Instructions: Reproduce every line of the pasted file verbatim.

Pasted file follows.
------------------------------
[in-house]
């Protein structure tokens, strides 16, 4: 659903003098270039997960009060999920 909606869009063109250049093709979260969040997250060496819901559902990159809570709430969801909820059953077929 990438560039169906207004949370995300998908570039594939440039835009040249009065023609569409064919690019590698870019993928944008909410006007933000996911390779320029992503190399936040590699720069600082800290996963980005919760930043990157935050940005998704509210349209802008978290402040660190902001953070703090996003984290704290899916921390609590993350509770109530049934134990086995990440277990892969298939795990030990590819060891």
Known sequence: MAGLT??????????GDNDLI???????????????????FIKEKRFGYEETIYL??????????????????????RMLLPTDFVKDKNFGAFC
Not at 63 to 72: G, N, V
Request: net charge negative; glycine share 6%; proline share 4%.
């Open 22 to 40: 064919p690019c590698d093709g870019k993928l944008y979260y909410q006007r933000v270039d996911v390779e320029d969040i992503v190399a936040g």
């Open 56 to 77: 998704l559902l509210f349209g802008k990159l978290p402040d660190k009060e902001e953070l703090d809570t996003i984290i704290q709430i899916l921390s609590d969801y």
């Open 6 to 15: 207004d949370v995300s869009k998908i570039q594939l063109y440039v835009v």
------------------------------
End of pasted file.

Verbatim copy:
[in-house]
């Protein structure tokens, strides 16, 4: 659903003098270039997960009060999920 909606869009063109250049093709979260969040997250060496819901559902990159809570709430969801909820059953077929 990438560039169906207004949370995300998908570039594939440039835009040249009065023609569409064919690019590698870019993928944008909410006007933000996911390779320029992503190399936040590699720069600082800290996963980005919760930043990157935050940005998704509210349209802008978290402040660190902001953070703090996003984290704290899916921390609590993350509770109530049934134990086995990440277990892969298939795990030990590819060891």
Known sequence: MAGLT??????????GDNDLI???????????????????FIKEKRFGYEETIYL??????????????????????RMLLPTDFVKDKNFGAFC
Not at 63 to 72: G, N, V
Request: net charge negative; glycine share 6%; proline share 4%.
């Open 22 to 40: 064919p690019c590698d093709g870019k993928l944008y979260y909410q006007r933000v270039d996911v390779e320029d969040i992503v190399a936040g």
């Open 56 to 77: 998704l559902l509210f349209g802008k990159l978290p402040d660190k009060e902001e953070l703090d809570t996003i984290i704290q709430i899916l921390s609590d969801y």
């Open 6 to 15: 207004d949370v995300s869009k998908i570039q594939l063109y440039v835009v």